One would assume that once they reached land their fears subsided and they were no longer afraid.

So there we have it.  As we gather in church worship, as we read the Bible together, we hear that Jesus feeds and also that Jesus is there for us, to calm our storm.  

We read those stories today, but we also read them every year.   In our 3 year cycle of Bible readings, these two stories take place every year.   Sometimes in our 3 year cycle a Bible story will occur only once in the 3 years, but these stories of the feeding of the 5000 and the walking on water occur every year.  

It should be noted that all four of the gospel writers:   Matthew, Mark, Luke and John record these two events.   Why was it important for them to mark the feeding of the 5000 and the walking on water?

I don’t know for sure but recently I read an article by Nadia Bolz-Weber who is a well written Lutheran pastor in the United States.   She stated that these two events were MIRACLES.  

The feeding of the 5000 and the walking on water were miracles; probably never to be replicated.  The question is:   Why are these miracles so important?   They are important she claims, because we as human beings NEED miracles. 

We need these miracles, these stories to remind us that God is present in our lives that God will not abandon us and somehow God will feed our souls and will calm our storms.  

Jesus directed his disciples to gather those who were hungry so that he could feed them.  Jesus fed them and there was abundance in the face of what seemed like scarcity.   The miracle was that Jesus welcomed them and fed them so that they could continue on with their lives. 

The miracle was that Jesus met his disciples in the midst of their storm and told them not to be afraid.  Somehow and in some way, he stilled their storm and brought them to dry land.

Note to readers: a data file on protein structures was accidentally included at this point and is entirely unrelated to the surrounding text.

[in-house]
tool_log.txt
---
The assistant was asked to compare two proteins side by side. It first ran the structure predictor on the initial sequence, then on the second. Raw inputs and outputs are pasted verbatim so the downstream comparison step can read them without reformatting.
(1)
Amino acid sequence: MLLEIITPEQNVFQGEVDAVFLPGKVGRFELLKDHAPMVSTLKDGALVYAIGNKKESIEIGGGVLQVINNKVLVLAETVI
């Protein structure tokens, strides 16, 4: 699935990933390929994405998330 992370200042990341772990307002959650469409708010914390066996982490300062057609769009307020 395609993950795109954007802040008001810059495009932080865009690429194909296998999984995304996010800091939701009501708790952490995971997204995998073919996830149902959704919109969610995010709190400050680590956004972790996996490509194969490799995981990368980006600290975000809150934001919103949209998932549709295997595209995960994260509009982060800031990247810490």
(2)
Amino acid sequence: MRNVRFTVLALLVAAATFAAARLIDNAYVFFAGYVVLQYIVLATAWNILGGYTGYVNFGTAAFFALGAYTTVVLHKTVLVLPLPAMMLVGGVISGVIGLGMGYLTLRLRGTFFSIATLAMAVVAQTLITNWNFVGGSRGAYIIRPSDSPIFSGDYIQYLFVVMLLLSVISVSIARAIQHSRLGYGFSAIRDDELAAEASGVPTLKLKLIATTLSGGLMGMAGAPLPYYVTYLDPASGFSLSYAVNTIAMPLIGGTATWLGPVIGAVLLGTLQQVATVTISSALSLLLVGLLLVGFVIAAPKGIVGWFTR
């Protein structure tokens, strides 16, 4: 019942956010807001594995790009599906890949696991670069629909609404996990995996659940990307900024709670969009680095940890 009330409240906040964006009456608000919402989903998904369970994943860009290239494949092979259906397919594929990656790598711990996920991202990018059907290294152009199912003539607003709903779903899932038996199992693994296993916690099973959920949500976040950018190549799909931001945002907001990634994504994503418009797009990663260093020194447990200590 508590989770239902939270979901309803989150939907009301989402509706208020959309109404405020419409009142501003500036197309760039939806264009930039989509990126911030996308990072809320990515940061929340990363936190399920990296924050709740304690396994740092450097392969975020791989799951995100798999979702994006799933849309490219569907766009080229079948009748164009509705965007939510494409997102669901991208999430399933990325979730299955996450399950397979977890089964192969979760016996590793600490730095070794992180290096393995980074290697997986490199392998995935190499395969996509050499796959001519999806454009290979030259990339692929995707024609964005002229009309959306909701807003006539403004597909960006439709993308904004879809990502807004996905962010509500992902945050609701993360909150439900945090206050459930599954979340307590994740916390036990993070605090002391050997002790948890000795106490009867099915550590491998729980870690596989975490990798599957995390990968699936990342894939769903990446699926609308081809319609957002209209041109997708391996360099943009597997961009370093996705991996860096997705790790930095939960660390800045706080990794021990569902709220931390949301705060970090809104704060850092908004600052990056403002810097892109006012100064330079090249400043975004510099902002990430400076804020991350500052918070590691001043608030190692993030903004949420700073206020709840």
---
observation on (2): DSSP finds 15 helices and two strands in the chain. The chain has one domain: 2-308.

We need to hear about the miracles and we desperately want to believe in those miracles.   We need to hear that Jesus feeds us and calms our storms. 

Or course, the question will become for each of us:   How will we experience these miracles.   What will OUR miracles look like?  

How will Jesus feed our souls and calm our storms?   These questions I can’t answer for  you, or for myself; we will all have a different experience.   Our storms may look different from one another and we will all see Jesus, sometimes in similar ways, sometimes in different ways, but we WILL see him and he will tell us not to be afraid. 

However today, as like every other Sunday, we have the first installment in our experience of the miracles of Jesus.   Today Jesus feeds us.   We receive bread and wine; Jesus within us.  Jesus welcomes us to the table, no matter how afraid or skeptical we are and he feeds us without question.  

What a miracle.    And with that we venture out into this world, continuing on with our lives with the good news that he will meet us during the storms of our lives, will guide us to safe shores and will calm our hearts.  

Thanks be to God.   Amen.